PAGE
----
U.S. markets showed signs of recovering Monday despite a 5 percent decline in Chinese stocks, but even if traders look past an additional sell-off in Asia, they face another tough earnings season, experts told CNBC.
Last week, U.S. stocks turned in their worst first five-day opening to a year on record as China's markets slid and crude prices hit new multiyear lows.
A string of yuan devaluations in China has created a negative feedback loop, undermined currency markets and caused investors to question the ability of Chinese leaders to manage their economy, said David Lebovitz, global market strategist at JPMorgan Asset Management.
But U.S. markets were up in premarket trading before slipping in late-morning trade, despite the Asian equity tumble.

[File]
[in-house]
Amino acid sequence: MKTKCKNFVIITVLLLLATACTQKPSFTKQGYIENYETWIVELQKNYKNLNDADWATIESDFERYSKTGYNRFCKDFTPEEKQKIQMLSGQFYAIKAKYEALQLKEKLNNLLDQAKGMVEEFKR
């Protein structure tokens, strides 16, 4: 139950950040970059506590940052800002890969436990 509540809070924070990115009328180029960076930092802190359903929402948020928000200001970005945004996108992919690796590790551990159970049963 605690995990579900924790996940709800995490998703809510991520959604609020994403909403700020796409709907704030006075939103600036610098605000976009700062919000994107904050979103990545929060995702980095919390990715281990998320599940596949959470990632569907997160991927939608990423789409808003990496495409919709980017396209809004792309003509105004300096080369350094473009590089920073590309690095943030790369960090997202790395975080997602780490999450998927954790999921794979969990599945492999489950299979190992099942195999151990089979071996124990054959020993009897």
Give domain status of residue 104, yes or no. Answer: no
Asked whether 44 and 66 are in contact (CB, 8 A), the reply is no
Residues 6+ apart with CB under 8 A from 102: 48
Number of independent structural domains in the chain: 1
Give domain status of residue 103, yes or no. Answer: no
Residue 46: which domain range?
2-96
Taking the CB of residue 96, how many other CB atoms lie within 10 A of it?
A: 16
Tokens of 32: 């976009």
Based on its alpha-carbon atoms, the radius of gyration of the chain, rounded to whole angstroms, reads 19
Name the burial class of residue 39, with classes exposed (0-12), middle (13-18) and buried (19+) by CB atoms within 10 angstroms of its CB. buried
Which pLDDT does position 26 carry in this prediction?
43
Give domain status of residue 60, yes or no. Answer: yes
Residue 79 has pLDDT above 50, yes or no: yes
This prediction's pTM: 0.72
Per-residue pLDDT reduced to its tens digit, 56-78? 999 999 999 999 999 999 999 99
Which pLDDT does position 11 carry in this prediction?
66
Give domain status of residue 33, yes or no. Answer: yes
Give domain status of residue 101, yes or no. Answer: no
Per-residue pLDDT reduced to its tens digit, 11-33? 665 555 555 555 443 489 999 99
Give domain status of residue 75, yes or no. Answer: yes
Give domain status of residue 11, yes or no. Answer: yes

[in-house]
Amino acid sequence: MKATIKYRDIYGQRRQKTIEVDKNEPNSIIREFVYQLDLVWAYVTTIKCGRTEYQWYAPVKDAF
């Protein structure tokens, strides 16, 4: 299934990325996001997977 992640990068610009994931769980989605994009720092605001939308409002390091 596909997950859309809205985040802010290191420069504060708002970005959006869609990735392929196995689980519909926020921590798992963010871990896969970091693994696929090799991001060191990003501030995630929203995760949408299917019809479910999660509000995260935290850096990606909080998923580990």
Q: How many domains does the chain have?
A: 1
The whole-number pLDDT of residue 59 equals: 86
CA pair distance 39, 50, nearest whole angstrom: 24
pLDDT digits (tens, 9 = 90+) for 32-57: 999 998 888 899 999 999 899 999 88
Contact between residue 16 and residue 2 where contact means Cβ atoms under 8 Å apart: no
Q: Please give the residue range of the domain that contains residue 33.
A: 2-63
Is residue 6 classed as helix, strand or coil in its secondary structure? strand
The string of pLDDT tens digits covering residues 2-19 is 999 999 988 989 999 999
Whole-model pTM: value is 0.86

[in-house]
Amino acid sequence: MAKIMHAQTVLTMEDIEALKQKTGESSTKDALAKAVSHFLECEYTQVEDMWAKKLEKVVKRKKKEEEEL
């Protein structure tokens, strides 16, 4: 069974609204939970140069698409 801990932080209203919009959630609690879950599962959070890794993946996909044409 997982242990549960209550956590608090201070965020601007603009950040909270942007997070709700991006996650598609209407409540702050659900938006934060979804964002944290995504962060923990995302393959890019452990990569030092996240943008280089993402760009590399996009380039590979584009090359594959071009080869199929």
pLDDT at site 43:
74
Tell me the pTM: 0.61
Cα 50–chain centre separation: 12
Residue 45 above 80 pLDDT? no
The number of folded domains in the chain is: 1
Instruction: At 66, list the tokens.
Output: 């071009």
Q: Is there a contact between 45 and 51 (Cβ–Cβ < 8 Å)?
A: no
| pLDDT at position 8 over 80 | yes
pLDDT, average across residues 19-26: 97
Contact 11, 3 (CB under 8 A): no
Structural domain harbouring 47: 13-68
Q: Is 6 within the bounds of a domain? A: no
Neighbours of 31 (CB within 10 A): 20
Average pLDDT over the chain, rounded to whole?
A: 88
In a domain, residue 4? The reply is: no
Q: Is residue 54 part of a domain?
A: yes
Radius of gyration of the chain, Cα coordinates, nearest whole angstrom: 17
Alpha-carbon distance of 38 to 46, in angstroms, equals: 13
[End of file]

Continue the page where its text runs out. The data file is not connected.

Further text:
"Hopefully what we're beginning to see is investors look through a lot of the noise, which is coming out of China right now," he told CNBC's "Squawk Box." "Hopefully we're looking through that, we're focusing more on the fundamentals, we're focusing more on earnings, and as we embark on earnings season we get some positive data bringing people back into the stock market."
Ultimately, investors need to see earnings growth for markets to move higher, Lebovitz said. But the outlook is not bright.
S&P Capital IQ forecasts fourth-quarter S&P 500 earnings will decline 5.7 percent year over year, marking the first back-to-back quarters of earnings declines since 2009. S&P earnings fell 1.4 percent in the third quarter.
Just 4 of 10 S&P sectors — telecommunications, consumer discretionary, health care and financials — are expected to turn in positive earnings growth for the fourth quarter.